Ten years ago, Sy Hersh was a widely celebrated journalist, considered one of the best at digging up the dark secrets behind the official stories of our various wars. Now, with his alternate history of the killing of Osama bin Laden, Hersh has “gone off the rails” and is “lost in a wilderness of mirrors.” What happened? It could be that the longtime New Yorker reporter has lost it. But possibly, maybe, a teeny tiny factor might be that there’s a Democrat in the White House—a combination of liberal reluctance to criticize President Barack Obama with conservative reluctance to criticize the military.
The response to Hersh’s 10,000-word London Review of Books report is dominated by skepticism, if not outright mockery. CNN’s Peter Bergen debunks Hersh’s “Allegations of massive cover-up.” Vox’s Max Fisher scoffs at “a story that accuses hundreds of people across three governments of staging a massive international hoax that has gone on for years.” Daily Telegraph Pakistan correspondent Rob Crilly calls it a “conspiracy theory” that will fool “the soft minded.”
You might expect conservatives to run with the dark comedy of the Obama White House scrambling to make up lies to take advantage of the death of America's No. 1 foe in an election year—only to watch those lies spiral out of control and create more foreign policy problems. But Rush Limbaugh led his show on Monday by talking about the usual stuff, Michelle Obama playing the "race card" or whatever. The conservative blog Hot Air said, “The first issue in any story written by Seymour Hersh is … Seymour Hersh. He has a habit of running with single-source stories that don’t pan out in the long run, and this tale has a number of red flags.” PJ Media’s Michael Walsh shrugs, “In the wilderness of mirrors that is the intelligence community and the Obama White House, believe almost nothing. Easier on your sanity that way.” Free Republic posters mostly made fun of the idea of a Muslim burial at sea; one lamented, "he meanders but the story gets down to the usual liberal bleeding-heart 'waterboarding-doesn’t-work' nonsense at the end." Even conspiracy theorist Alex Jones’ Infowars could only offer recycled outrage from years earlier.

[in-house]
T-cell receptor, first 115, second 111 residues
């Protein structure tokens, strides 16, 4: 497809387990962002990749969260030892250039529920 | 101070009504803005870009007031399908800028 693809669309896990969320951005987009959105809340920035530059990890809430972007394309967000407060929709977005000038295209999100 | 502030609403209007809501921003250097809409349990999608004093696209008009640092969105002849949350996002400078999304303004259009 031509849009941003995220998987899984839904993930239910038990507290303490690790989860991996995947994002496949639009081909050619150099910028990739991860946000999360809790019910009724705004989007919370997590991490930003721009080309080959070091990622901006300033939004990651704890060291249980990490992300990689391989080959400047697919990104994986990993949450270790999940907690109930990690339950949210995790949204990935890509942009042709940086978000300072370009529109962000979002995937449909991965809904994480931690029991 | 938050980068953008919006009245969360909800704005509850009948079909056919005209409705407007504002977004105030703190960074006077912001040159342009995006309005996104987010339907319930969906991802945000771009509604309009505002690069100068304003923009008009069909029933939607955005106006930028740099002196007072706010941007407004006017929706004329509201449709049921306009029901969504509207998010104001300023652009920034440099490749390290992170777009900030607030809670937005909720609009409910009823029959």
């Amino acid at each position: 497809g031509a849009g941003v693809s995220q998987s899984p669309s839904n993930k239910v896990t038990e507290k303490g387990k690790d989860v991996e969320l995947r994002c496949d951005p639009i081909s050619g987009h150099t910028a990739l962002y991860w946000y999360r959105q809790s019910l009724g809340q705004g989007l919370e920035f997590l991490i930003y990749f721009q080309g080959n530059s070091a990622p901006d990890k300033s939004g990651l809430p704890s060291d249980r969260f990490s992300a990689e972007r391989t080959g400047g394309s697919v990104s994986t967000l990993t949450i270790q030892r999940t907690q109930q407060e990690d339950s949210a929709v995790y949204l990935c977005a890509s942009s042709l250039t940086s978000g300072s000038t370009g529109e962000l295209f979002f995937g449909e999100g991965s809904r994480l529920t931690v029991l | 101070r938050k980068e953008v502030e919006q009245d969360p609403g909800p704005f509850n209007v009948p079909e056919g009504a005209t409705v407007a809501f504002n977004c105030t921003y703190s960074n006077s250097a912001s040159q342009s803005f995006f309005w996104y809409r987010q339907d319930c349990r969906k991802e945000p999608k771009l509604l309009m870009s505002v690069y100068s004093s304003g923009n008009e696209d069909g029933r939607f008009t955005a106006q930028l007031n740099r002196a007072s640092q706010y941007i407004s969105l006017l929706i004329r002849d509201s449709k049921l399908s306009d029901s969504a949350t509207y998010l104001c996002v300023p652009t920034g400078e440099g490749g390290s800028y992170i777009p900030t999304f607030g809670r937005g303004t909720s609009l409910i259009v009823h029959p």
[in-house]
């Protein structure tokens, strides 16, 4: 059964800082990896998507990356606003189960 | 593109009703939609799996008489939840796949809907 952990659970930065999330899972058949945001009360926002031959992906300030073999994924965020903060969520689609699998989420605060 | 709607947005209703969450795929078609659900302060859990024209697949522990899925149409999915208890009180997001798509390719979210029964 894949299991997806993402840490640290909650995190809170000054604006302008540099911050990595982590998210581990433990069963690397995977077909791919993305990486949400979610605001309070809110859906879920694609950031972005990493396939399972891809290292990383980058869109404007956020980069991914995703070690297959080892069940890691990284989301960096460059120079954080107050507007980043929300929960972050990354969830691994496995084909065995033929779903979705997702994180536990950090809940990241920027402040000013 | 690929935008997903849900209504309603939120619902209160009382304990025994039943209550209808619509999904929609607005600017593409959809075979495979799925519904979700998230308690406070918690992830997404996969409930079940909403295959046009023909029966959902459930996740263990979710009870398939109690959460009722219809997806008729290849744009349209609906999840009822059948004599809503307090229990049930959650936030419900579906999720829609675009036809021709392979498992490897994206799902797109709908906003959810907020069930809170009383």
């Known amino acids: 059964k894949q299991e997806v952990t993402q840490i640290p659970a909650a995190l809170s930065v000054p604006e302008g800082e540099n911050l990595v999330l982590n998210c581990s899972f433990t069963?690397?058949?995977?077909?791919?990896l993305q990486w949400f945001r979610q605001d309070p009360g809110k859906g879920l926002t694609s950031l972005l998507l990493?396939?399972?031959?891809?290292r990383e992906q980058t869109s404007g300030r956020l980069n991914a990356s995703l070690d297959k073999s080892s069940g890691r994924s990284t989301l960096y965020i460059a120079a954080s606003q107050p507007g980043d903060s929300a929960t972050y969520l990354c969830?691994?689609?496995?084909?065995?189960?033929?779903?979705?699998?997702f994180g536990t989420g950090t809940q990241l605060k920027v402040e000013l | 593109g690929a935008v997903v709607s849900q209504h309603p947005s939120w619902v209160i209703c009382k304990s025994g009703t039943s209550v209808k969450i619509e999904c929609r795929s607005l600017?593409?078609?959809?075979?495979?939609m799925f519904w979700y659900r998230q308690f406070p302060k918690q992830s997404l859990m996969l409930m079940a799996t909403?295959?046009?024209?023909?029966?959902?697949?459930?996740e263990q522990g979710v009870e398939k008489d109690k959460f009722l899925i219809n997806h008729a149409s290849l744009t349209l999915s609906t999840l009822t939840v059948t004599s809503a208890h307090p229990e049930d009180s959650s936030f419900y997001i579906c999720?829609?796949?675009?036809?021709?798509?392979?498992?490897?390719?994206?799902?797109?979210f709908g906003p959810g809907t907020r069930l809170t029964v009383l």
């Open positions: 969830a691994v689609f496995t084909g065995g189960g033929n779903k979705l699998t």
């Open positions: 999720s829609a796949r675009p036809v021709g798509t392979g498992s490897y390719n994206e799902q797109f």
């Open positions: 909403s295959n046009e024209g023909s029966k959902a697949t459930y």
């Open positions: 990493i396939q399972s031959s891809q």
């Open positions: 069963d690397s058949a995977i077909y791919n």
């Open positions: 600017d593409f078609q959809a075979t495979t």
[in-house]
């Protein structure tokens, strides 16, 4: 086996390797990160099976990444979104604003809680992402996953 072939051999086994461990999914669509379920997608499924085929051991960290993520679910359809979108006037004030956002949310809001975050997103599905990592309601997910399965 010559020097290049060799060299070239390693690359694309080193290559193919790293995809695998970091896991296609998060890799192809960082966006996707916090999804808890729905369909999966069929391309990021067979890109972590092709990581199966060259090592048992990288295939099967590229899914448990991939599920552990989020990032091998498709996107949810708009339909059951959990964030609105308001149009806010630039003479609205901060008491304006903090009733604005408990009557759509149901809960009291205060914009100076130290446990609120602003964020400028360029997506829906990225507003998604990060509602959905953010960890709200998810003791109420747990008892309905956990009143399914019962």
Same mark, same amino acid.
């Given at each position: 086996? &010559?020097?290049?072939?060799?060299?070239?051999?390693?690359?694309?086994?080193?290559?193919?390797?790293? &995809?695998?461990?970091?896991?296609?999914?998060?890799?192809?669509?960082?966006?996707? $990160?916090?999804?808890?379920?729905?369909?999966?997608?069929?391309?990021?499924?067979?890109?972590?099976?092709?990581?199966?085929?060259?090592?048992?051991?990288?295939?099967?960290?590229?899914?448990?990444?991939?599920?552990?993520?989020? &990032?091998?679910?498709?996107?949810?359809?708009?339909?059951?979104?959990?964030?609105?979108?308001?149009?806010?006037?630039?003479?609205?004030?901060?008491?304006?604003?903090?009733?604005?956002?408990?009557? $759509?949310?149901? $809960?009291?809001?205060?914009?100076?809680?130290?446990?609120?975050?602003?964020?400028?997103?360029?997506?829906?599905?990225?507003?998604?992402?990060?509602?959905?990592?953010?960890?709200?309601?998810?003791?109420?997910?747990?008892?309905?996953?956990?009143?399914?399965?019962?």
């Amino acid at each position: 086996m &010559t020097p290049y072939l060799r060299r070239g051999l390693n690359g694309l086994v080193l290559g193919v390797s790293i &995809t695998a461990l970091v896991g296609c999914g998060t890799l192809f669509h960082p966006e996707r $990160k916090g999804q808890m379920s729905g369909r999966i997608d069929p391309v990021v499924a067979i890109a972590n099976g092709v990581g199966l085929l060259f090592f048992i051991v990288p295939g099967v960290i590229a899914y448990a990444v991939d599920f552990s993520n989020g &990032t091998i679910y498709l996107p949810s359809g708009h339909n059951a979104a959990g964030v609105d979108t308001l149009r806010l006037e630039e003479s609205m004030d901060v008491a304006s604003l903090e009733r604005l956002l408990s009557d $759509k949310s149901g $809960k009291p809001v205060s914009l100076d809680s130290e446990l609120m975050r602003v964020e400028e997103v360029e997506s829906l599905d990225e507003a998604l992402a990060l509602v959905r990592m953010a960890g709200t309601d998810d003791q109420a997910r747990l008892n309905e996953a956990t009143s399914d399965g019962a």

This reaction would make sense if Hersh’s story actually described an epic hoax—like that bin Laden actually died years earlier, say, or that he’s a secret prisoner in Guantanamo, or that he’s partying right now in a CIA-funded discotheque in Tehran. But Hersh’s narrative doesn’t change all that much from the current Obama administration official story. The main takeaway is that Pakistan knew bin Laden was living in Abbottabad and that he was essentially a prisoner of Pakistan’s Inter-Services Intelligence agency. Hersh reports there was a plan for a bigger lie—the government would claim bin Laden was killed by a drone in the Hindu Kush mountains—which was never told because the helicopter crash at the Abbottabad compound would have raised too many questions. What Hersh claims were outright lies are the most Hollywood-esque flourishes of the official story: that the U.S. found bin Laden by tracking his courier, and that bin Laden’s body was buried at sea. These would be big lies (and a serious scandal) for any president of the United States. But in Hersh’s telling, there is a cover-up but not much of a crime. Ultimately, that’s Hersh’s point: “High-level lying nevertheless remains the modus operandi of US policy."